Like any skill, resume writing improves with practice. Here are some suggestions to help speed up your learning curve.
Target the content. Many employers use computer programs to determine how many times certain words or phrases they’ve selected turn up on the resumes they receive, flagging those resumes that have the most matches for further consideration. How do you make sure yours is one of those selected? By scanning the job description of the position you’re applying for and using the same terms — provided they actually describe your experience, of course. For example, if you’re applying for a position as a software engineer, the employer may select Java as a keyword, particularly if that language is included in the job posting.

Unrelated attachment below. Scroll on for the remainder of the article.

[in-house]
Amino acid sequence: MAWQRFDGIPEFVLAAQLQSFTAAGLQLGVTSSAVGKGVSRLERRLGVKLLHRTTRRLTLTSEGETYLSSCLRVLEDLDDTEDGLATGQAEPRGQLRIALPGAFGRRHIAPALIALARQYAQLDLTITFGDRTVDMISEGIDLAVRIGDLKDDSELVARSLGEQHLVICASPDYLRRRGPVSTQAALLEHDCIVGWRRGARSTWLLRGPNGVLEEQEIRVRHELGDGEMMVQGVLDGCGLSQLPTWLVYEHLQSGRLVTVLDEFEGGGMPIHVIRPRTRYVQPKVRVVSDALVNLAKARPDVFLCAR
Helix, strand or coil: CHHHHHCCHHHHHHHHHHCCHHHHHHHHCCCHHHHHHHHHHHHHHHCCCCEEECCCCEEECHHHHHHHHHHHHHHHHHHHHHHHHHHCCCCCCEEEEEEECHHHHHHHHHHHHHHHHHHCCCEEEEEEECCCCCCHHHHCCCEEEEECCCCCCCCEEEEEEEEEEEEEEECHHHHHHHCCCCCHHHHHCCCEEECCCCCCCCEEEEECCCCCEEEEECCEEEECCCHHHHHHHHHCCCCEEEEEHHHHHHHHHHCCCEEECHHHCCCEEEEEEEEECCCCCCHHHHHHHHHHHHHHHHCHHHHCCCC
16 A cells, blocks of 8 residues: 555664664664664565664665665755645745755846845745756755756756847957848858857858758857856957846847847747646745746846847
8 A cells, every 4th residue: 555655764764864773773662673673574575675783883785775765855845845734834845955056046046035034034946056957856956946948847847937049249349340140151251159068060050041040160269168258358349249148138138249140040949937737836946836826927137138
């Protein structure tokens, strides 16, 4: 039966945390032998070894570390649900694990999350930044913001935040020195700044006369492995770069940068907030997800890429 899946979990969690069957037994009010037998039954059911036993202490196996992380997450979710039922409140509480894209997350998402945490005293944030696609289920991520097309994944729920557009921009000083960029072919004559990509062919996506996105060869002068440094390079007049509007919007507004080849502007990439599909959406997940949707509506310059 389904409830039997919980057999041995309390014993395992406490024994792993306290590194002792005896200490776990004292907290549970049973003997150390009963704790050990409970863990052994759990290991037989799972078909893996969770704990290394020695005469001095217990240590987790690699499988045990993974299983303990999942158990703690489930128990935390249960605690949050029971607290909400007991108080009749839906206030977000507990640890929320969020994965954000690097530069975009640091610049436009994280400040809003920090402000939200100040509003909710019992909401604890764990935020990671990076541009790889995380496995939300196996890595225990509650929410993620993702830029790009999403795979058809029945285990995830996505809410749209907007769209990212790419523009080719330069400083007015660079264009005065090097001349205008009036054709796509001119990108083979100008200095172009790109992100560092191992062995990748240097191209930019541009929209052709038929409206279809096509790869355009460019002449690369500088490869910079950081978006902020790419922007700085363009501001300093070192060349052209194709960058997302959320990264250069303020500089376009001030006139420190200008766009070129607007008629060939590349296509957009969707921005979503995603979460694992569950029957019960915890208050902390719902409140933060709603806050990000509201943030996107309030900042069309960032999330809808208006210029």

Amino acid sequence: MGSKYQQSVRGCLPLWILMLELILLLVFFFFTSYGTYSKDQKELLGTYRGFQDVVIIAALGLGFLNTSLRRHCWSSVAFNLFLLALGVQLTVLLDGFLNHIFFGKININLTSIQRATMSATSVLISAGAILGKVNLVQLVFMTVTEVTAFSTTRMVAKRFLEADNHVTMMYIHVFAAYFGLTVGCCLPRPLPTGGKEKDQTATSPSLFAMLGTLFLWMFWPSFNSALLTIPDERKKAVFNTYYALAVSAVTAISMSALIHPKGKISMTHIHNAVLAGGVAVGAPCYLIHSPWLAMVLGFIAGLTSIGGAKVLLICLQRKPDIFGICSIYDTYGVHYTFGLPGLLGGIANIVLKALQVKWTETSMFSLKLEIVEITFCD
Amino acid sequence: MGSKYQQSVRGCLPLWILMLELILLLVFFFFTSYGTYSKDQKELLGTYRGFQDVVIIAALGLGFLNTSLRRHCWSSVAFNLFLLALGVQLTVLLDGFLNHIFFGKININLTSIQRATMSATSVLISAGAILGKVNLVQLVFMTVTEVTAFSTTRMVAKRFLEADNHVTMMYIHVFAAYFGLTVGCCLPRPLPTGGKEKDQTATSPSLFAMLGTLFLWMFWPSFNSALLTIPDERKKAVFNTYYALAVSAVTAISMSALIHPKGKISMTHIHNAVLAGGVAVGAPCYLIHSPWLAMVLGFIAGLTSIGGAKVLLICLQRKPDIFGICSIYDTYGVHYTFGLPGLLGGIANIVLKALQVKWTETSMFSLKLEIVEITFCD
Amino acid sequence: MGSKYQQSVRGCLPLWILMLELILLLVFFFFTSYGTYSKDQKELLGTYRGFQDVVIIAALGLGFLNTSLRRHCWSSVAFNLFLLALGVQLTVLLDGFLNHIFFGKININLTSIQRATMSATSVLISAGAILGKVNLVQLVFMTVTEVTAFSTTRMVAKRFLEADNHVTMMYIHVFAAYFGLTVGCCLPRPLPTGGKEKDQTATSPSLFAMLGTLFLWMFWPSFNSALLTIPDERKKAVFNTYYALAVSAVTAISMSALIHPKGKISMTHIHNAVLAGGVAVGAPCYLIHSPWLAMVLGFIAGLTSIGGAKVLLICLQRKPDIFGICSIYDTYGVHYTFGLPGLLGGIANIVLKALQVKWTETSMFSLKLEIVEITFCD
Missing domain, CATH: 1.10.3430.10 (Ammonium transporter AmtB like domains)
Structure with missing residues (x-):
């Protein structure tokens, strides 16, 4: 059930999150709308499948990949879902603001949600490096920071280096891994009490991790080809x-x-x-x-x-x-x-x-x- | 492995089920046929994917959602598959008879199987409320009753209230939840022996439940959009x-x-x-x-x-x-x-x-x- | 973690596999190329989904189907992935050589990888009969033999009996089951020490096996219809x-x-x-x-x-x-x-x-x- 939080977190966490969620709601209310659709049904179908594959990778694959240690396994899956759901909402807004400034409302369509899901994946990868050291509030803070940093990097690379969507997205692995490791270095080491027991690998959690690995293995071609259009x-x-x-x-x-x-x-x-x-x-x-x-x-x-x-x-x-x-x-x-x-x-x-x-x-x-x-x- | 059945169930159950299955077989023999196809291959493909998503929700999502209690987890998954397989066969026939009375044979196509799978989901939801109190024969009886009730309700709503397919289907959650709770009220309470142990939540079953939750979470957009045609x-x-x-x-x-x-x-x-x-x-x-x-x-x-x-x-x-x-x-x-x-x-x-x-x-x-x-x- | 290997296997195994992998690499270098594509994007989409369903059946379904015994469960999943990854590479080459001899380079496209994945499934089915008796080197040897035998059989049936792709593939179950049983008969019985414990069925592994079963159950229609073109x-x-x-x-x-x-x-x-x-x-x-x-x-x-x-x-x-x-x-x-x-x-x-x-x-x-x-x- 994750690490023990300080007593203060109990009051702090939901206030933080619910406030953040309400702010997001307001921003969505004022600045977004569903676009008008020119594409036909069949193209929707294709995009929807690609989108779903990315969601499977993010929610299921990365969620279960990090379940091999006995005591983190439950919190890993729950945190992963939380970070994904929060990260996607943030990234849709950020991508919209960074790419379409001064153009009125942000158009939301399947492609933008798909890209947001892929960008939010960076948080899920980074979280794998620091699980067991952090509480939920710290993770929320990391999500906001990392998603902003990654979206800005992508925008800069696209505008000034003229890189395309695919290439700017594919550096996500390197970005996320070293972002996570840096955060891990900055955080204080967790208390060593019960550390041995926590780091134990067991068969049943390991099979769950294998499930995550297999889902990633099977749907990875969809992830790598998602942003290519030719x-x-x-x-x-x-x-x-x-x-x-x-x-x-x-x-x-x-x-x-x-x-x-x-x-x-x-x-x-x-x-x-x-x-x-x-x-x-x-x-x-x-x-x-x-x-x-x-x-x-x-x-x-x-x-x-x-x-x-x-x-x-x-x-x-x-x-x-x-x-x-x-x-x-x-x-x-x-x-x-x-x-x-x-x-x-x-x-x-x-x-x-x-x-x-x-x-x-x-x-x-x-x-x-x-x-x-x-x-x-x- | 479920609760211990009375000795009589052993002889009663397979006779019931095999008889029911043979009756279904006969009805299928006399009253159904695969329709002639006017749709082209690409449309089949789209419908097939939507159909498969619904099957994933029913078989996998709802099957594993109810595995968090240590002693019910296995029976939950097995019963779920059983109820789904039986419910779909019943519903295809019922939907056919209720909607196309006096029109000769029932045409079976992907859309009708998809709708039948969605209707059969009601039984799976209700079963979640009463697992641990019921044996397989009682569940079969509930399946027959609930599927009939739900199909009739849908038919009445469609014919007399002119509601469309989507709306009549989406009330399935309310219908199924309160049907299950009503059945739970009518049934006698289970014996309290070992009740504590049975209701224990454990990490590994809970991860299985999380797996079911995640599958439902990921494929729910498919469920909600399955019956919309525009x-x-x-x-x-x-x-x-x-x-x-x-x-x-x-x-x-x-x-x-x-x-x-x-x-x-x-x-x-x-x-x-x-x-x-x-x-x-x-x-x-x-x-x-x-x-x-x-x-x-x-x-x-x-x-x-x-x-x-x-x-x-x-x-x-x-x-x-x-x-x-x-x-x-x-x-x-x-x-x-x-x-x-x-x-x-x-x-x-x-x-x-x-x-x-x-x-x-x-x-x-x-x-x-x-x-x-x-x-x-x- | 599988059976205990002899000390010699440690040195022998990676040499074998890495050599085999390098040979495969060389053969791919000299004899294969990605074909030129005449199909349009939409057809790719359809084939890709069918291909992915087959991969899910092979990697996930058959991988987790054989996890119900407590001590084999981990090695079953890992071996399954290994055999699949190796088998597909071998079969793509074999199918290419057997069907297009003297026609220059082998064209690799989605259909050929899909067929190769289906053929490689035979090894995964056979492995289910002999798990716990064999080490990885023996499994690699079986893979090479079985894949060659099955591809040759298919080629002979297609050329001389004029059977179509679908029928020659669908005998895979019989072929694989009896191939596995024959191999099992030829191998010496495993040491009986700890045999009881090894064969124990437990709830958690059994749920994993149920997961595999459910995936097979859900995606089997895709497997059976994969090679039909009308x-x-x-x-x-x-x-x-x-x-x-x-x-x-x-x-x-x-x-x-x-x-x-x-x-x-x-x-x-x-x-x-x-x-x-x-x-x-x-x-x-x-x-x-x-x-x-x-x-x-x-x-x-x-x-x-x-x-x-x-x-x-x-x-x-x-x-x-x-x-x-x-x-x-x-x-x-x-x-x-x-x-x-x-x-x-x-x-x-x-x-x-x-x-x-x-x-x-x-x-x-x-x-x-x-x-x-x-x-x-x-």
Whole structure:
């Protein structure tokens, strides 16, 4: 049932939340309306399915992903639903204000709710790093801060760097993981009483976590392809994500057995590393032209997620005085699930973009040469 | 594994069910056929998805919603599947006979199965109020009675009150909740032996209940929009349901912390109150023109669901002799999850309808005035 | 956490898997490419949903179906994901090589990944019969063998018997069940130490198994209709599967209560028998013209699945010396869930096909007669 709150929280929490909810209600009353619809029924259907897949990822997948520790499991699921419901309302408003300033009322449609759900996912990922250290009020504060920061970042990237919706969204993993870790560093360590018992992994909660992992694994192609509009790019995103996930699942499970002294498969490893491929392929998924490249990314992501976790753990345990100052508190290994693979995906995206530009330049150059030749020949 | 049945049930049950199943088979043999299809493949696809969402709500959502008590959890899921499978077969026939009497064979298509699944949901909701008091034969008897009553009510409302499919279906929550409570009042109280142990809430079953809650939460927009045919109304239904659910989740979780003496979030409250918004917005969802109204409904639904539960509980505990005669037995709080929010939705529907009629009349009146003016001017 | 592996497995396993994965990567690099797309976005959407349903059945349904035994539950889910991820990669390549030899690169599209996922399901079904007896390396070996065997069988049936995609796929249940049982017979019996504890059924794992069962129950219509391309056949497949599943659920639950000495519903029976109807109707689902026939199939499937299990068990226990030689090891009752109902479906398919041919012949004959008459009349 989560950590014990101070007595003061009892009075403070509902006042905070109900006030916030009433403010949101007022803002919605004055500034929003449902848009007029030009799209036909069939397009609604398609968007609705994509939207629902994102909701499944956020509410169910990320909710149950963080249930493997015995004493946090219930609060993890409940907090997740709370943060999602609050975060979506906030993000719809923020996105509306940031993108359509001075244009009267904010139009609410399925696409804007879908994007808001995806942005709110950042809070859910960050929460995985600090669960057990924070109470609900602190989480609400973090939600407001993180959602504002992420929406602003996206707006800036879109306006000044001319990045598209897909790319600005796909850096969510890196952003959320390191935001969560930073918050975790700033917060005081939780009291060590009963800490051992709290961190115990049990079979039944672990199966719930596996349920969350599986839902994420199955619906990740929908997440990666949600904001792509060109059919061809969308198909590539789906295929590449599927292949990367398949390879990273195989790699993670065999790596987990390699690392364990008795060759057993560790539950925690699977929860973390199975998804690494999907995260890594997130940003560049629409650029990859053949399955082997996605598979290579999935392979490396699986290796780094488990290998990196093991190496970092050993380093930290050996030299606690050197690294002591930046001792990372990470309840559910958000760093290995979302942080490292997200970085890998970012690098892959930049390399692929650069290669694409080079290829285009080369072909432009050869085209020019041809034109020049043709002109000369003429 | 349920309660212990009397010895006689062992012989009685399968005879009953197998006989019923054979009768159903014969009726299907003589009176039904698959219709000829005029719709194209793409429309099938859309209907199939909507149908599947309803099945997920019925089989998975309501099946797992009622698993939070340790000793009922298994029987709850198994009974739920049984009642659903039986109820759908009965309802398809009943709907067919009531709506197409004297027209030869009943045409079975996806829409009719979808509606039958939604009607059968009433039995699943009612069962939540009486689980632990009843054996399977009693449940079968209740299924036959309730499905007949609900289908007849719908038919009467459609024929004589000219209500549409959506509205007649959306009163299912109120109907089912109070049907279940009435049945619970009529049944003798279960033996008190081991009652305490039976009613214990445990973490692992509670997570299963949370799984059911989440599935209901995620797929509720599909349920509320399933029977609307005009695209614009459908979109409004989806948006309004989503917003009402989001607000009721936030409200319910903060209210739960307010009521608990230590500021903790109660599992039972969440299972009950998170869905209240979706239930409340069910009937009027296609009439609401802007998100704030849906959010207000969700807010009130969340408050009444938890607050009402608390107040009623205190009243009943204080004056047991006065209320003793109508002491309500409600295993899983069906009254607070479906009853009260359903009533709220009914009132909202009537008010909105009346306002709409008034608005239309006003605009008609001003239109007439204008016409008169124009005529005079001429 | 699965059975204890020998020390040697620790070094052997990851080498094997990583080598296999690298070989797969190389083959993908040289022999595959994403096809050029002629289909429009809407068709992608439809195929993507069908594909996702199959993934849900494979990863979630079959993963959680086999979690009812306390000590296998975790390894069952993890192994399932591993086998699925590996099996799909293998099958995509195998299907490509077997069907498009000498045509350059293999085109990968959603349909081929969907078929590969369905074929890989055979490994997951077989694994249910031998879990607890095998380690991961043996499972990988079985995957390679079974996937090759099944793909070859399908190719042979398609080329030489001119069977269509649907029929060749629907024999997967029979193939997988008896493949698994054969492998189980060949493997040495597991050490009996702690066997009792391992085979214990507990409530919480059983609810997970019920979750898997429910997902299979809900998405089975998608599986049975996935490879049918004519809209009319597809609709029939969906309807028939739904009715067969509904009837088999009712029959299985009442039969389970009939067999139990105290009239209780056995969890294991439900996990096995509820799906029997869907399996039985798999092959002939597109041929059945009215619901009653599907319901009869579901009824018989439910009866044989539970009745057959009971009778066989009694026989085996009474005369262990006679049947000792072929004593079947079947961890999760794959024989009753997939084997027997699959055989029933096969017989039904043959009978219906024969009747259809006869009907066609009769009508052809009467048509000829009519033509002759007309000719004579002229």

Proofread. According to a Robert Half Technology survey, when CIOs were asked which of the following areas their IT staff could most improve in, 15 percent said verbal and written communication skills: the third-highest response. Any errors that show up on a resume reflect on your attention to detail and professionalism — albeit poorly. In addition, communication skills are becoming more important for IT professionals to possess, as they interact with more people from across the organization. They must be able to clearly explain complex technical ideas to a variety of audiences.
Be specific. Hiring managers aren’t looking for a laundry list of tasks you’ve performed in previous positions. Instead, they seek information about your accomplishments, your advancement within a company and ways that you’ve changed or…
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